Navonim - The Ramblings of Garnel Ironheart

Navonim - The Ramblings of Garnel Ironheart

Tuesday, 23 December 2008

Where's the Source for This One?

We're all aware of the various stringencies in the Chareidi world. And yes, some of them are pretty extreme or odd. Sometimes they're also annoying for those of us who are trying to present a rational frum face to the world:
It appears the Eida Chareidis Modesty Committee is seeking to set new rules for shopping in Ramot Daled, whose rav, HaGaon HaRav Fuchs Shlita also serves on the Eida and is tied to Vishnitz.
Rav Fuchs is calling for two checkout lines at the neighborhood grocery store, one for men and women. The Rav is also calling on residents to do their “big shopping” towards the beginning of the week and not towards Shabbos as is the case today in the hope of limiting the crowd at in the isles at any one time.

But at least this time they're at least vaguely based on some real prohibition, such as modesty or limitations on public inter-gender contact.
This one, though, struck me as just plain weird:
Four students were expelled from the Tiferet Israel yeshiva in Jerusalem last week after it became known that they had obtained driver's licenses in violation of the yeshiva's rules.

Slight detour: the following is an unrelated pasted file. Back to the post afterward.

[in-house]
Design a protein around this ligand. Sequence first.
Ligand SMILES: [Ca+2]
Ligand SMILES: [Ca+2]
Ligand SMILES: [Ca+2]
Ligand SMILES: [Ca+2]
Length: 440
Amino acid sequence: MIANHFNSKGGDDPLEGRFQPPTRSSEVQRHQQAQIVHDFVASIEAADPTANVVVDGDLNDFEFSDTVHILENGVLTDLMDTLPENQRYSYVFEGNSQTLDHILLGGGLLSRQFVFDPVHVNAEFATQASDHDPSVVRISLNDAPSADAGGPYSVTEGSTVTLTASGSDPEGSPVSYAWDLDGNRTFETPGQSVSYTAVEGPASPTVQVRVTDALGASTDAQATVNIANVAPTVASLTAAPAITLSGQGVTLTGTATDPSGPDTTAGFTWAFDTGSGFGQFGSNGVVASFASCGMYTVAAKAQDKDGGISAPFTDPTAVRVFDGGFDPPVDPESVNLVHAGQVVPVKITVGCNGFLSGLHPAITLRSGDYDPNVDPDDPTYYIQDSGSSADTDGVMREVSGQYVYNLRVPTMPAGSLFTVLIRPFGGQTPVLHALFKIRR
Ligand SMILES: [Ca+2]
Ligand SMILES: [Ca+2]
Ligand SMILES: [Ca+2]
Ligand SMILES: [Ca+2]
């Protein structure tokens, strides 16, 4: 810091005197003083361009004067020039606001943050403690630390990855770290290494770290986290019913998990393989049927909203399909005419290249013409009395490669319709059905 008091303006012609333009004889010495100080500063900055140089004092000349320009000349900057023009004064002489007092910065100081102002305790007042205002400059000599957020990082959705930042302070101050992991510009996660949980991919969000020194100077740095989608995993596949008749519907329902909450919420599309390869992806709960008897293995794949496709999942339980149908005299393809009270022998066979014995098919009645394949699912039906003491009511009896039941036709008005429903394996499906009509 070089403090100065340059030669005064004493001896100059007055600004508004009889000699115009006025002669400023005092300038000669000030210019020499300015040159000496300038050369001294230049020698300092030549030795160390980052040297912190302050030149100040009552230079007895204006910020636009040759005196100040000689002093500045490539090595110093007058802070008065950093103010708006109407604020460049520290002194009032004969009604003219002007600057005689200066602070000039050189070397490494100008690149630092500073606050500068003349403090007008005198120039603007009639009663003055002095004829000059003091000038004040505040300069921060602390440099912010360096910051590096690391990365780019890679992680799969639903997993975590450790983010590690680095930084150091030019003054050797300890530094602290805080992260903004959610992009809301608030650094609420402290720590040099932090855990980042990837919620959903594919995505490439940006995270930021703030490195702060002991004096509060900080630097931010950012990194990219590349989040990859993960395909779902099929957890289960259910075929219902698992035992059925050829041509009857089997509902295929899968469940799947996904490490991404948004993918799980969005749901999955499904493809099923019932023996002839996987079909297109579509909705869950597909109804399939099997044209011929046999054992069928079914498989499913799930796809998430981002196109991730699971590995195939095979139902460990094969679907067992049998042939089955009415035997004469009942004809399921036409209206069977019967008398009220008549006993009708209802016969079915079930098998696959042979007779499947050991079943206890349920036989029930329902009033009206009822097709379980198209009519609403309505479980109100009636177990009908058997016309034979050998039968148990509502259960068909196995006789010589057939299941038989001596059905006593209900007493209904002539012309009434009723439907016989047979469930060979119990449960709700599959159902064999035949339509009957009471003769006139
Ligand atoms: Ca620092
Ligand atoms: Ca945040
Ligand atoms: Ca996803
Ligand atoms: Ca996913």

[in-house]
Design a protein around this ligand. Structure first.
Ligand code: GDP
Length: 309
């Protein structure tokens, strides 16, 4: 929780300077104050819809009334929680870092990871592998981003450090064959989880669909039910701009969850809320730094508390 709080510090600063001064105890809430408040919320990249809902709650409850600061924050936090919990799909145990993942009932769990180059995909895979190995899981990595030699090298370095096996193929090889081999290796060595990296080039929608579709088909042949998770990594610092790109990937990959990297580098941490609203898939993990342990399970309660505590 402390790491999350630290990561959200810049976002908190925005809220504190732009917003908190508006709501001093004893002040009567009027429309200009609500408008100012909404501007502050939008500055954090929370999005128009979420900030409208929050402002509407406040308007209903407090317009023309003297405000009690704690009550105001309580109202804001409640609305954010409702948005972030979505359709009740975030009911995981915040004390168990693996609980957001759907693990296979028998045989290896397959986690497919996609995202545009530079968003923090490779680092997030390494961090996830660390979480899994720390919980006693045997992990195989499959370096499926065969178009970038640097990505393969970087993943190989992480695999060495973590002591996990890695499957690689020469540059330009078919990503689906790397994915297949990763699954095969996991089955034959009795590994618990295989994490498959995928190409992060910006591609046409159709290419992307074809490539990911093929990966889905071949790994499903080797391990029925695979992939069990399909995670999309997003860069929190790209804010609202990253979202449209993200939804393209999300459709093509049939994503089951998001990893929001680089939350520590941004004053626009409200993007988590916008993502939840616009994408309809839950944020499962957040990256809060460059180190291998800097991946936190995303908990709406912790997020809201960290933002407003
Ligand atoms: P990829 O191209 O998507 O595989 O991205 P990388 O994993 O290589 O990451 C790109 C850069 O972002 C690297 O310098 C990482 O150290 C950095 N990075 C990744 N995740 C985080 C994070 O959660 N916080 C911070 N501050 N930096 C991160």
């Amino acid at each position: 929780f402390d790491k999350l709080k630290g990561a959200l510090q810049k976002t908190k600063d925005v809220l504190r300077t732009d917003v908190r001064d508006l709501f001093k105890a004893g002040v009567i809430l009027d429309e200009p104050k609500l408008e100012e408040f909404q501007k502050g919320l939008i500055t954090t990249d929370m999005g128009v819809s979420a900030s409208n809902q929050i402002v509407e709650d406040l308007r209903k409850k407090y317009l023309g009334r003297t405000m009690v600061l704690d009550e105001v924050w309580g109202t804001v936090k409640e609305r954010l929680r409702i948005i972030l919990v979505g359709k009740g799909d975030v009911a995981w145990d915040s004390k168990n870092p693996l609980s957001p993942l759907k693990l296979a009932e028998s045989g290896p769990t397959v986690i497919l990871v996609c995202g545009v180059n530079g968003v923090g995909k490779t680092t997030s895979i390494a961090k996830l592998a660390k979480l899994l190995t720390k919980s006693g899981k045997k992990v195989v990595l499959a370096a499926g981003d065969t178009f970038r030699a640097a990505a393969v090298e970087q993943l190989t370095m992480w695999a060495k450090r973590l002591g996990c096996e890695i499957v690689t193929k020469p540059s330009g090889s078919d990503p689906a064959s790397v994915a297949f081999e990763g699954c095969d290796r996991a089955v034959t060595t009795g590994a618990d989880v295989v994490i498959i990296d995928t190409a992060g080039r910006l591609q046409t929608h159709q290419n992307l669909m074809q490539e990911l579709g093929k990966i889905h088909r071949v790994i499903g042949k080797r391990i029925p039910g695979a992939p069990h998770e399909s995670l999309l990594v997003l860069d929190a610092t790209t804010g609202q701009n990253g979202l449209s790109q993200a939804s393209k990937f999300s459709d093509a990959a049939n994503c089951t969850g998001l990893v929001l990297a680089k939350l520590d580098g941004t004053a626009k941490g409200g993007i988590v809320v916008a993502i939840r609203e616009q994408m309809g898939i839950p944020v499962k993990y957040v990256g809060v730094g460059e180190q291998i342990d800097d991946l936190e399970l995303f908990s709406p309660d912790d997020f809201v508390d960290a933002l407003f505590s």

The decision triggered a heated debate among the ultra-Orthodox public surrounding the question of the legitimacy of owning a license.
I mean, could someone point me to the makor in the Shulchan Aruch for this one please? I mean, the questions around this are obvious. First of all, there's no shortage of Chareidi drivers in Israel. Are they all breaking halachah? And if not, what makes it okay for them? Is it a yeshivah-specific rule to avoid the bochrim all driving to school? Or it is an extension of "anything new is forbidden by the Torah" since there were no cars in 18th century Hungary?

1 comment:

Freelance Kiruv Maniac said...

Brooklyn Wolf's blog covered this one already. And I believe the restriction is limited to Yeshiva Bachurim who have very lousy track records as cautious drivers.

This phenomenon may or may not reflect the unique sociological forces at work on young adults living in a very rigid Yeshiva environment. (not unlike the releasing a tightly coiled spring)